Concertgoer Says Gwen Stefani Caused Her Broken Leg

CHARLOTTE, N.C. (CN) – A women injured in a stampede at a July 2016 Gwen Stefani concert is suing the artist and event promoter Live Nation claiming the singer caused the melee by encouraging attendees to storm the stage.

In a federal complaint filed in Charlotte on Friday, Lisa Keri Sticklin says she purchased a reserved sear for the July 23, 2016, concert at the city’s PNC Pavilion and had no reason to expect anything other than a safe and enjoyable concert experience.

In fact, she says, she went to the concert with friends as part of the celebration of her birthday. She says she was not drinking during the event, and that she sat his her assigned seats.

“PNC Pavilion has a patron seating capacity of approximately 18,768, including approximately 8,614 reserved theatre-style seats situated in front of the performing stage … and approximately 10,154 spaces on the lawn to the rear of the reserved area … where blankets and lawn chairs are permitted, with lawn chairs available for rental,” the complaint says.

The two sections were separated by barricades and ropes.

“In the midst of Stefani’s musical performance, Stefani unilaterally announced via her microphone and the loud speakers throughout PNC Pavilion that all patrons in the lawn seating area should come to the reserved seating area and the front of the performance stage, including announcing ‘Just fill in anywhere you like! Who cares about your lawn chairs? You can get new ones!’” the complaint states.

Stricklin says at that point, a huge crowd of concert-goers stormed the reserved seating area, overwhelming the security staff and breaking through the barricades.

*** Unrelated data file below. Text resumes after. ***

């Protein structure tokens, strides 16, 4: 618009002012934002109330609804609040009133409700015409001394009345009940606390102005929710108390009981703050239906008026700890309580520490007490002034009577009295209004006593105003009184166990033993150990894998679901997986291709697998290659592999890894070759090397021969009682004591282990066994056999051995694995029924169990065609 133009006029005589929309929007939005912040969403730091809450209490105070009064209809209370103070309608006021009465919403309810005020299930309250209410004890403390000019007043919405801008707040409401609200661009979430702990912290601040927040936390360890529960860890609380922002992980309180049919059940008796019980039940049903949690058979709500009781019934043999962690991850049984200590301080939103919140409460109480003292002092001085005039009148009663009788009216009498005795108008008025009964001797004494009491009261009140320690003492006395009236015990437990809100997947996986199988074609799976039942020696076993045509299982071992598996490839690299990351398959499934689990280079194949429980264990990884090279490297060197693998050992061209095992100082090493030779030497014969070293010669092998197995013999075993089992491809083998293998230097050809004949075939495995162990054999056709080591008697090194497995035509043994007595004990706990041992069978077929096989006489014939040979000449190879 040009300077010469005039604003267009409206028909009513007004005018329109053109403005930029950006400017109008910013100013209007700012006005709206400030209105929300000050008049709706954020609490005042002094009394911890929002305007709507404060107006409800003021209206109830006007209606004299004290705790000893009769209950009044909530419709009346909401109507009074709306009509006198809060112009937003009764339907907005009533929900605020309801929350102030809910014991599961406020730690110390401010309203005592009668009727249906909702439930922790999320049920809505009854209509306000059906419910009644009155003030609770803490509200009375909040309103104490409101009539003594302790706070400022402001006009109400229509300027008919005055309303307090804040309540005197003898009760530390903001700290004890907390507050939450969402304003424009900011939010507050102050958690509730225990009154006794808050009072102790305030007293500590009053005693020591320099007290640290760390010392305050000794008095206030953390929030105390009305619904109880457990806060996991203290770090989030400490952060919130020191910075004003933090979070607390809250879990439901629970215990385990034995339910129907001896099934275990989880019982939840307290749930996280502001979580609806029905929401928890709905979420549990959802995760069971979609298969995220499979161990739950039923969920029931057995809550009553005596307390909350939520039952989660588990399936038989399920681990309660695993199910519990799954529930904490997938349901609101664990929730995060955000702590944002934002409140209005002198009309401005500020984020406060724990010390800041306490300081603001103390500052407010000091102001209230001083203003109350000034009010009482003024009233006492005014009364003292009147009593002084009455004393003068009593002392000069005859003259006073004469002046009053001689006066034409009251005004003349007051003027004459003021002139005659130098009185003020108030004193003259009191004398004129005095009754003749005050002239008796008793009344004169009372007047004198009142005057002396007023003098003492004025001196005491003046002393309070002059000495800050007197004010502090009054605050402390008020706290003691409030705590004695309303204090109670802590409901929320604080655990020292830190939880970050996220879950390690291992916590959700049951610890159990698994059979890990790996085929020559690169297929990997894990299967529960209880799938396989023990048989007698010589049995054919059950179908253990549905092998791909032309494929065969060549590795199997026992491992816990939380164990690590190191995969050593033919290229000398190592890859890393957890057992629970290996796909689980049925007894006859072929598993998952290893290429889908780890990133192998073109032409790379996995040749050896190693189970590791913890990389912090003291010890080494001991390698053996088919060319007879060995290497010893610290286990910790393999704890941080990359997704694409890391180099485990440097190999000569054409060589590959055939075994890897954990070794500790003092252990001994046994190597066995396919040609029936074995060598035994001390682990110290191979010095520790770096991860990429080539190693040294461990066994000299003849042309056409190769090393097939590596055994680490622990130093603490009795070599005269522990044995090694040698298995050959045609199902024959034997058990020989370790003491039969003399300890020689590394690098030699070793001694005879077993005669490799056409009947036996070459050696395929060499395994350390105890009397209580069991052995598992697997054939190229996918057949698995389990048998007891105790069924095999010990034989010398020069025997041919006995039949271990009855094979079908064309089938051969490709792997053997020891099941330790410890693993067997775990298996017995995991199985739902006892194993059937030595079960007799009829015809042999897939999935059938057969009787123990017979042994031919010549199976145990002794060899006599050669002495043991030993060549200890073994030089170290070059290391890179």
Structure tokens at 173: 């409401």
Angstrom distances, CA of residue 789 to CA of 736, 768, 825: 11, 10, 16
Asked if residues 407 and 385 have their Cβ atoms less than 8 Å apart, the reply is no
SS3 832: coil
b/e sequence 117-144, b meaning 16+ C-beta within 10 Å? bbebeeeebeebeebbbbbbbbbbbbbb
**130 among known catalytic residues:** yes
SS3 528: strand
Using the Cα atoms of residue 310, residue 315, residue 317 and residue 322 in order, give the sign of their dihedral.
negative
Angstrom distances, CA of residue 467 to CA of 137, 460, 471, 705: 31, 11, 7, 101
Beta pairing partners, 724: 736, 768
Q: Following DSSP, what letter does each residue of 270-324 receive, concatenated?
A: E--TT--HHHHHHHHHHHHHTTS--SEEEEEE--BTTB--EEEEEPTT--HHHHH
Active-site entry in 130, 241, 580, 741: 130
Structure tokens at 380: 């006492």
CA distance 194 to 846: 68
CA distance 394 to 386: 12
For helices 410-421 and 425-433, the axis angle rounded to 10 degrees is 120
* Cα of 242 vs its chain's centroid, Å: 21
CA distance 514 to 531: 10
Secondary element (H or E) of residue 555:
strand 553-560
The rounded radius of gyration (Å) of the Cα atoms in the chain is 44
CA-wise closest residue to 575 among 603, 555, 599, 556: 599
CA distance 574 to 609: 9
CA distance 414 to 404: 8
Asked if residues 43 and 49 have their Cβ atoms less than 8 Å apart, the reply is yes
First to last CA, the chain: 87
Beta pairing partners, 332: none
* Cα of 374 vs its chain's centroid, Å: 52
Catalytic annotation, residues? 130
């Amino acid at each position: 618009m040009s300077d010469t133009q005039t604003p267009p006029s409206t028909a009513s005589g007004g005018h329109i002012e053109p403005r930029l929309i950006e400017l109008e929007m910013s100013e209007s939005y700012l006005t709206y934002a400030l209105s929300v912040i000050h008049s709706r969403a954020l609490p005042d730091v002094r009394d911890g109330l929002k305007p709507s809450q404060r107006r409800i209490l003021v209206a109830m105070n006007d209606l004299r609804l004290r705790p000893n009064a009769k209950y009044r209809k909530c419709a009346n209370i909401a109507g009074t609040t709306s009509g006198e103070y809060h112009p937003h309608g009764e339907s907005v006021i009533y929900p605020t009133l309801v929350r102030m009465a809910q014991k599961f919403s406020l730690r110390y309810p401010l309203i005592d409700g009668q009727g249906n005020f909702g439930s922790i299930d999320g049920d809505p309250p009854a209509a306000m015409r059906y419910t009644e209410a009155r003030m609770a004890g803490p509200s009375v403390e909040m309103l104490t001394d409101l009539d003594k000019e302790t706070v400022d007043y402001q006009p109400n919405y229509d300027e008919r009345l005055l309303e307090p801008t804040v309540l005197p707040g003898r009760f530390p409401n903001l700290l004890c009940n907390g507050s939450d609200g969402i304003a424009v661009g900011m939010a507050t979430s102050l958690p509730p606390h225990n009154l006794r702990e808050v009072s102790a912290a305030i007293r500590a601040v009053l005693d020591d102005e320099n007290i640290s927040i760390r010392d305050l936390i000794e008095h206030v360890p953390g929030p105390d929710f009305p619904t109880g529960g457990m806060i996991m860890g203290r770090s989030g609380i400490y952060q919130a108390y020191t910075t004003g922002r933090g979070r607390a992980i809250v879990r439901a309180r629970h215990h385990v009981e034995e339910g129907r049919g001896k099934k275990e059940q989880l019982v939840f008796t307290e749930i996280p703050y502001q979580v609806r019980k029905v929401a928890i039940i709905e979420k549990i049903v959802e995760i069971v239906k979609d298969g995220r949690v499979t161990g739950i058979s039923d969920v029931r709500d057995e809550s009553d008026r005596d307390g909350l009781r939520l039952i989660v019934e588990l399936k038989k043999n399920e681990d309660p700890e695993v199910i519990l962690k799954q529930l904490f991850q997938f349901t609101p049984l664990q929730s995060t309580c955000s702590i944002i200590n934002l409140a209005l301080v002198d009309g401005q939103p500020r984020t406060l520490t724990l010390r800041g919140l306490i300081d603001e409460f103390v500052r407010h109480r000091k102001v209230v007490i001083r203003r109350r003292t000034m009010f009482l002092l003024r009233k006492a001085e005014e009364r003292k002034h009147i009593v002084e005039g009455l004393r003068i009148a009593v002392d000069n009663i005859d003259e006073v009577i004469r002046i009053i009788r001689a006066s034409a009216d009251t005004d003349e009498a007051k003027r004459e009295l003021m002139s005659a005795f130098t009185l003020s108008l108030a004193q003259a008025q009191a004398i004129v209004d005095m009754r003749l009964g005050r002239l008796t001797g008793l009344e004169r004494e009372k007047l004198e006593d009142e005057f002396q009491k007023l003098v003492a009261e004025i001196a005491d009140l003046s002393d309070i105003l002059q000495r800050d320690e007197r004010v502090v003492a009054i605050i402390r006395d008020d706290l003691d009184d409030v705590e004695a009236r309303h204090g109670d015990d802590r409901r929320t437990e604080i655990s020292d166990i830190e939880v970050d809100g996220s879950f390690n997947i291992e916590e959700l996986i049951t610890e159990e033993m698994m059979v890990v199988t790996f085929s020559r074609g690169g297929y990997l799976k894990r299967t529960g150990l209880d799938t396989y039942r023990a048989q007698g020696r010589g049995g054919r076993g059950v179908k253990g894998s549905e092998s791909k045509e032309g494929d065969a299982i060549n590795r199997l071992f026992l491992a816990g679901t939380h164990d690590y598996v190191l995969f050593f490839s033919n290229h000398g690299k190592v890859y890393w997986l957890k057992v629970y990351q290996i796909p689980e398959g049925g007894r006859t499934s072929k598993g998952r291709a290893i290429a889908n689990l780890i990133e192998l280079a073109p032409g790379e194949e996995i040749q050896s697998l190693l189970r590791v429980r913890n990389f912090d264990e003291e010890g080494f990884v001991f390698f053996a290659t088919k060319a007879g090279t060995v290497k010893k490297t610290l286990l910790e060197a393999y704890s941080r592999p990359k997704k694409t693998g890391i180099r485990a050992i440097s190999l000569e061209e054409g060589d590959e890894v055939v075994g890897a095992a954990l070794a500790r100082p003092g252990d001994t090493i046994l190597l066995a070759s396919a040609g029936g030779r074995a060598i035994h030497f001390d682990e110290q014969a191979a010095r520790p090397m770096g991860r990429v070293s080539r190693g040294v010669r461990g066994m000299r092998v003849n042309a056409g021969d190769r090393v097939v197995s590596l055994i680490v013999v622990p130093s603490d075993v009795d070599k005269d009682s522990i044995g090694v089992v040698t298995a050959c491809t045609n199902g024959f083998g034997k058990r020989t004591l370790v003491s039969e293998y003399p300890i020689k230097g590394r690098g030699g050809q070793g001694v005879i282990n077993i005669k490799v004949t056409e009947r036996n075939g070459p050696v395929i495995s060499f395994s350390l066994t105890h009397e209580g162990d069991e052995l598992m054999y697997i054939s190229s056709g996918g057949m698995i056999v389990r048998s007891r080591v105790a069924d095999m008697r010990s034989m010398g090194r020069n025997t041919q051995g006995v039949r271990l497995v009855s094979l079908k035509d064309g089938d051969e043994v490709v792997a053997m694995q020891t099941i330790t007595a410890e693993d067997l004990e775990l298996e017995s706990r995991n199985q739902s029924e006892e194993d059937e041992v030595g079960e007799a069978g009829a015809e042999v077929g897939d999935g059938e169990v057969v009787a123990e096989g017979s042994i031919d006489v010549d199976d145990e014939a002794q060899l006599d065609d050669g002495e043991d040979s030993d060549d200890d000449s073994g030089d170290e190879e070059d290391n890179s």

Trapped in the crush, Stricklin says she suffered severe injuries, including a broken tibia in her leg.

“After the patron crowd rush and the resulting injury to the Plaintiff, Stefani announced through her microphone and the loud speakers throughout PNC Pavilion that ‘I got in so much trouble for telling you guys to come up here!’” the complaint says

“The danger of crowd rushing resulting in injuries to patrons, and the related necessity to therefore manage crowd control at music venues to prevent crowd rushing resulting in patron injuries, is well known throughout the nationwide music venue security industry, including the security Live Nation provided for the PNC Pavilion during Stefani’s July 23, 2016 concert,” Stricklin says.

She says Stefani and Live Nation, which booked the concert, were negligent.

Stricklin seeks compensatory and punitive damages. She is represented by Larry Economos of Raleigh.

Representatives of the defendants could not immediately be reached for comment.

Stefani’s career launched as the lead singer of the band No Doubt in 1995, and has since branched out as a solo artist, won three Grammys, started her fashion line, L.A.M.B., and become a TV personality on “The Voice.”

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